Monday, July 27, 2009

Judge warns of cost to imprison mentally ill as report pans Fla.

Palm Beach Post Staff Writer
Wednesday, March 11, 2009

Florida will have to spend an estimated $3.6 billion to build new prisons if the number of people with mental illness behind bars keeps growing as fast as it has, a South Florida judge said Wednesday.

"It's madness," said Steve Leifman, a Miami-Dade County judge who serves as special adviser on criminal justice and mental health to the Florida Supreme Court.

"The state can't afford to keep doing it this way."

The state's treatment of people with mental illness earned a D on a national advocacy group's report card Wednesday, down from a C three years ago.

Florida has one of the largest uninsured populations in the nation, 3.7 million, but the state is falling behind, according to a National Alliance on Mental Illness "Grading the States" 2009 report.

Leifman supports a state Senate bill to rechannel existing resources to community-based programs. These would be designed to provide more effective treatment for mentally ill people who commit relatively minor crimes — not just stabilize them for court appearances. The number of Floridians with mental illness in prison has grown 145 percent to 17,000 in the past 10 years, he said.

A commission has been studying criminal justice and mental health issues in Palm Beach County and plans a summit in coming weeks.

"Hopefully, the NAMI report will draw attention to some important issues," saidMargi Silberman, chief executive officer of the Mental Health Association of Palm Beach County.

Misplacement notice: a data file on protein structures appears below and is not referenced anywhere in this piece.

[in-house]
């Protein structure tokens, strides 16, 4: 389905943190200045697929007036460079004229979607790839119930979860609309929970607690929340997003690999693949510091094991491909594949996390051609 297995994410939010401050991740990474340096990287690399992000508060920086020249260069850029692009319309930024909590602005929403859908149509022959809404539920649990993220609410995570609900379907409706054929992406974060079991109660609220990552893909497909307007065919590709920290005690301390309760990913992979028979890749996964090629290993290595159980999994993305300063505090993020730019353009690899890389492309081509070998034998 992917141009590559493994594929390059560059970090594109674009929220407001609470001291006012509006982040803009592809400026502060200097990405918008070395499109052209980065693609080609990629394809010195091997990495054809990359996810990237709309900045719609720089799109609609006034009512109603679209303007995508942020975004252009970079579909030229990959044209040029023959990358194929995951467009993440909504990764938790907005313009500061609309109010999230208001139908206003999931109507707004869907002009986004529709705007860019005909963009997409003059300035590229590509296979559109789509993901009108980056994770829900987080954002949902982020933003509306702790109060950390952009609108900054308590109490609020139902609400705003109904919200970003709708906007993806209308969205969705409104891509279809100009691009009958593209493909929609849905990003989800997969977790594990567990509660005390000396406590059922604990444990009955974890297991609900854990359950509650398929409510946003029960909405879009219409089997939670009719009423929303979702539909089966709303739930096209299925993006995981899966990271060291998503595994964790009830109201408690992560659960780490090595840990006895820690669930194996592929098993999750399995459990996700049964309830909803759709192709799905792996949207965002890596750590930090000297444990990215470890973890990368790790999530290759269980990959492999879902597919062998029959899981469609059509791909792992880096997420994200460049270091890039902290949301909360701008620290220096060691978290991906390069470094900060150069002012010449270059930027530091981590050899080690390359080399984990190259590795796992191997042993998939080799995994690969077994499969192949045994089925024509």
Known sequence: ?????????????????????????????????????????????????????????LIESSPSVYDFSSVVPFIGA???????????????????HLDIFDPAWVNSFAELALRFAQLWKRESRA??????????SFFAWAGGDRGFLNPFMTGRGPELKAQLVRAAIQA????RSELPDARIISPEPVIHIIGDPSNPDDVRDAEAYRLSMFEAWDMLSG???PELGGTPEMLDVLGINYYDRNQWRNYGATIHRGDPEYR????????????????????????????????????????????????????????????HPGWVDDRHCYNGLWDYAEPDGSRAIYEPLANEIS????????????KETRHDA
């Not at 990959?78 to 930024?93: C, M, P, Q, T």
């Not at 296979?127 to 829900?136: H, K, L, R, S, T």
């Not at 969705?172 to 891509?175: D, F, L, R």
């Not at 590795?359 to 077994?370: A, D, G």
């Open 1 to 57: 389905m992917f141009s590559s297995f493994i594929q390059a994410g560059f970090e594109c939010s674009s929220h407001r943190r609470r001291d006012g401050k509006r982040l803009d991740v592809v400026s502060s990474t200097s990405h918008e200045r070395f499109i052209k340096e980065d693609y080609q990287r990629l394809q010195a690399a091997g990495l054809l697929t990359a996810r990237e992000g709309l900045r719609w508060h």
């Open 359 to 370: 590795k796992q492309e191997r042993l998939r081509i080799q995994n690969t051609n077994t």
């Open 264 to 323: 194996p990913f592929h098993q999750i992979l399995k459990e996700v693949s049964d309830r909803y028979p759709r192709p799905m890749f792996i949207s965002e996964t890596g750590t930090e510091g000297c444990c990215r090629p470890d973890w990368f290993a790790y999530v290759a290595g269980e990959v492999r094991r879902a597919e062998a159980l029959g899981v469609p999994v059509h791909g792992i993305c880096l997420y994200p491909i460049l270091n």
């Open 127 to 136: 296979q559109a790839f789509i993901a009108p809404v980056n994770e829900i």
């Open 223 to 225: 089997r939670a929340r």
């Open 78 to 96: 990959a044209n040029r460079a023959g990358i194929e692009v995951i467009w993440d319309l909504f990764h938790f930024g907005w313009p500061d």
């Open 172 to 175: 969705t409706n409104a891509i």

Taxpayer advocates said the issue is not a simple matter of being for or against mental health treatment.

The state could do a better job of trimming bureaucratic waste in a range of health, educational and other programs, freeing up money for other priorities, Florida TaxWatch President Dominic M. Calabro said.

"If the state was a better steward, they would have more money to spend," Calabro said.

In Tallahassee, Florida Department of Children and Families Secretary George Sheldon said he supports the community-based treatment bill, SB 2018. On Wednesday, he called the current system "the definition of insanity."

Florida is one of 12 states whose treatment of the mentally ill received a lower grade than it did in 2006, when NAMI issued its first report card.

Florida ranks next to last among the states, only ahead of Arizona, in the number of state and community psychiatric beds per 1,000 adults with serious mental illness, while state programs to cover the uninsured often exclude mental-health and substance-abuse treatment, the report said.

Emergency rooms, the criminal justice system and families are frequently left to "shoulder the burden of responding to people in crisis," NAMI Executive Director Michael J. Fitzpatrick wrote.

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